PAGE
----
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Comau in the Spotlight

New Frontiers in Press Shop Automation.
How robots are bringing high production rates and flexibility to the factory floor.

The evoling Press Shop according to Roberto

Roberto Rossi

Press Excellence Center Manager, Comau Robotics

Press shop lines characterized by their high reliability, flexibility and productivity. This is how Comau is helping deploy new technologies, skills and solutions to automate a new generation of sheet metal stamping lines.

What can you tell us about Comau’s approach to Press Shop automation?

​Comau is a pioneer in this type of application. Already in the mid-70s we were developing specific robots to automate the handling of sheet metal inside molding lines, leading to a significant increase in productivity and operator safety. When we realized that traditional robots were not able to meet the market’s productivity requirements, we responded by developing our robots together with software dedicated to production rate improvements and optimized syncing with the molding machines.

Over time, our solutions have evolved to better meet the changing needs of customers, in terms of the size of the molded parts, the number of production lots and the new materials being employed. Today, after 30 years of activity and hundreds of lines installed, we continue to develop our robots and supporting technologies to provide our customers with increasingly efficient and advanced solutions. Our solutions are broad and wide-ranging, because we know that the press-to-press robot does not necessarily meet all the possible needs of our customers. Both the performance of the robot and the robotic system must be maximized, which is where we focus our efforts.

What are the key drivers for a modern Press Shop?

​First, there are different types of press shop customers. We work primarily with car manufacturers who produce their own sheet metal components, and with tier one companies who manufacture both structural and external parts for multiple clients. As you might expect, the market drivers are different for each of these. Car manufacturers tend to be large and have big production lots, which means they need to ensure high productivity rates. Tier one companies, on the other hand, tend to be smaller as are their production lots. For these companies, the flexibility of the system is more important than the productivity rate. Both types of customer share the goals of reducing costs and increasing quality.

I think it’s important to point out that what I’ve described above is similar for situations in which the robot is limited to tending the molding machines, or when the robot is used in cells where multiple phases are integrated such as sheet metal stripping or brushing, washing, racking of the components in containers which are subsequently transported to the assembly lines, and other processes.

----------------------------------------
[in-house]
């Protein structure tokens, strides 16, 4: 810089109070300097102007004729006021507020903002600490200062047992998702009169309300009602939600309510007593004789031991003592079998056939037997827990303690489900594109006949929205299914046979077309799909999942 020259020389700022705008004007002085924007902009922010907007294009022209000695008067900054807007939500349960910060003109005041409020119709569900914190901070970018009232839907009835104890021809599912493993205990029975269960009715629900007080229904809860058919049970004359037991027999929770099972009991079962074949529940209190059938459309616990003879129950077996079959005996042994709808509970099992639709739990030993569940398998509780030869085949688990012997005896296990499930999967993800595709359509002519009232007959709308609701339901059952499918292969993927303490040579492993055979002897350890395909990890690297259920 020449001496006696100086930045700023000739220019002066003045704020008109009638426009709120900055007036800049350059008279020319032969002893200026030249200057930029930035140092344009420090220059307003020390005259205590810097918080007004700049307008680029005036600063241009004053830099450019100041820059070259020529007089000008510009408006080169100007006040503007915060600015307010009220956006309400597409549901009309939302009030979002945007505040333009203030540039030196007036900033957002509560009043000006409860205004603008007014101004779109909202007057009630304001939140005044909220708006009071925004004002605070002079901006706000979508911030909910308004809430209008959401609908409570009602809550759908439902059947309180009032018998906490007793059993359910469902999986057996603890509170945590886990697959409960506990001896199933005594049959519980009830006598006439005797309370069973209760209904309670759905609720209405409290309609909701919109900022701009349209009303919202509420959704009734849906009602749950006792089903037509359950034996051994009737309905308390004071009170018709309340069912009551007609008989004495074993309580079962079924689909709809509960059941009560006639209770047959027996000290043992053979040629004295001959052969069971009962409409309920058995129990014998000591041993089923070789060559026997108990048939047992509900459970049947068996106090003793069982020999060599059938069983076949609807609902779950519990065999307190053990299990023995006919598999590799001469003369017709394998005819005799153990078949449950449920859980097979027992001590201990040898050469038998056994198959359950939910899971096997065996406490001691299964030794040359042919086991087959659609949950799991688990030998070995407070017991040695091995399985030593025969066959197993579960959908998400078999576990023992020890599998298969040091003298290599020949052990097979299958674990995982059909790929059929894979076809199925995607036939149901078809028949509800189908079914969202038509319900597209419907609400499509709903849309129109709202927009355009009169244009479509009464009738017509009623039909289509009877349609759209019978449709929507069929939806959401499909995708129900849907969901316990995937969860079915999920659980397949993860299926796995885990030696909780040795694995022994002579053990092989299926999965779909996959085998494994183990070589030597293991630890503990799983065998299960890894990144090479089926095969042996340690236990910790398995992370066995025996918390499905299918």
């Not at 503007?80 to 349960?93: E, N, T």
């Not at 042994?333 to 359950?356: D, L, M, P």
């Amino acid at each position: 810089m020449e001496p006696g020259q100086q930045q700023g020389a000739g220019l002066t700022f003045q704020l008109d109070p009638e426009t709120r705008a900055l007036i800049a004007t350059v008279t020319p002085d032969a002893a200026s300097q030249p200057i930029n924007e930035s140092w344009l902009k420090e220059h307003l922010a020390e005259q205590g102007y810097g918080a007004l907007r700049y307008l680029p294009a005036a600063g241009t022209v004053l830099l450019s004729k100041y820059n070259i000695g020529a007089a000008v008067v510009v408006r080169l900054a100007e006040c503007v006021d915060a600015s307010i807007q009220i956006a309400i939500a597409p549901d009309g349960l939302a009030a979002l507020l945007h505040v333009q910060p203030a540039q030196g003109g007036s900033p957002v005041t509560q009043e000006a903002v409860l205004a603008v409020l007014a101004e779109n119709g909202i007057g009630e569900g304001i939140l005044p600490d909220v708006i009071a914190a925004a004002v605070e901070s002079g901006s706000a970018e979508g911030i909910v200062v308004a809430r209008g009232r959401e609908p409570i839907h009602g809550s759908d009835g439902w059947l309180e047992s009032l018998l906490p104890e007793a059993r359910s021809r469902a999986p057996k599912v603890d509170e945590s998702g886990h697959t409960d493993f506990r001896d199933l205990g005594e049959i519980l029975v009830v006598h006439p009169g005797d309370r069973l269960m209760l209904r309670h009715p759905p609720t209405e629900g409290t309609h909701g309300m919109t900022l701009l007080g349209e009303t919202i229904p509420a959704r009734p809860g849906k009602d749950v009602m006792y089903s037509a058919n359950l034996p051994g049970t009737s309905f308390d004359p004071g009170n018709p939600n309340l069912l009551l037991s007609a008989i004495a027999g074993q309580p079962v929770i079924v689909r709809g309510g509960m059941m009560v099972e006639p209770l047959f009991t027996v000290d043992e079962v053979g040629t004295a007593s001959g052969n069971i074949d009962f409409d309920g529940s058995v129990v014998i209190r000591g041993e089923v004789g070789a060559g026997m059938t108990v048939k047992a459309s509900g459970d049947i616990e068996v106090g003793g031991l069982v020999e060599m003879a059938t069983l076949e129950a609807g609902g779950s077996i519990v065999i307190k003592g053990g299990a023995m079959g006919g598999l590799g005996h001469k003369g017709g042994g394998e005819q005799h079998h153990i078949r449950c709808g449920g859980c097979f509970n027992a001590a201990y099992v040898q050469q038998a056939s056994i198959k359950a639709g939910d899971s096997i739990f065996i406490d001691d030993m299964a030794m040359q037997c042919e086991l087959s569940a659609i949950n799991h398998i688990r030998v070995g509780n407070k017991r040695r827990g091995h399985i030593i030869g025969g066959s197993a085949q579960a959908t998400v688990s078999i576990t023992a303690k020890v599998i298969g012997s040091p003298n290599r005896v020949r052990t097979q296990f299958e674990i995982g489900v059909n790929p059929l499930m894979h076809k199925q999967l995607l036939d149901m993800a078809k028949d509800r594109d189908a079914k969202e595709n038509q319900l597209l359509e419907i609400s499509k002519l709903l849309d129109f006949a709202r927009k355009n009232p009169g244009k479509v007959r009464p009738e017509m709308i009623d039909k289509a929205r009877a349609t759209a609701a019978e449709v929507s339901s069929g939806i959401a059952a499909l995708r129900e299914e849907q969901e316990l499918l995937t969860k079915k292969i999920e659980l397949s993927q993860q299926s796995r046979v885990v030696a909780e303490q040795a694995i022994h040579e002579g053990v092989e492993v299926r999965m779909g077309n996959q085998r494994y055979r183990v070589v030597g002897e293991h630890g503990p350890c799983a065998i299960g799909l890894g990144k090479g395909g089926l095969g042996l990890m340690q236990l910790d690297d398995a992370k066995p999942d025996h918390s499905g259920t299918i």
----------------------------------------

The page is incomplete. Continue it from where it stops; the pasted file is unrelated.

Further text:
I should also add that the use of servo-controlled molding machines is increasing at the expense of hydraulic presses – which are more precise and offer better control of the process, but are slower – and mechanical presses – which are faster but less precise and more difficult to control. With the arrival of these servo-controlled machines comes the need for a closer link between the robot and the molding machine, in order to manage the machine as if it w100 a controlled axis. In this way, their synchronization can be optimized to create a continuous movement in the molding machine. It’s a topical issue on which we are working, both at a software level and through the mechanics of the robot.

Please describe the process challenges of hot stamping.

​The process of hot sheet metal forming is becoming increasingly important in the automotive industry together with the use of new types of boron steel that offer better mechanical properties than the traditional materials used in the industry.

During a hot forming process, the metal sheets go through a furnace that heats them up to about 950°C. They are subsequently inserted into the machine through molds equipped with a cooling circuit that brings the temperature of the sheets down to 250°C. It’s a process, therefore, that forms and quenches the sheets used in the production of structural elements for small and medium sized cars. The primary challenge concerns the extreme conditions required by the process itself. In fact, Comau has responded by developing solutions that are specifically designed for press operations while taking into account the fact that the robot will be working in a high-temperature environment.

Can you give us an example of how your robots are automating the press shop?

​Comau offers three types of articulated robots for metalworking, which are part of the Smart Press Booster series: NJ 100 3.2 (100 kg of payload and 3.2 meters of reach), NJ 130 3.7 (130 kg of payload and 3.7 meters of reach) and NJ 140 3.7 (140 kg of payload and 3.7 meters of reach).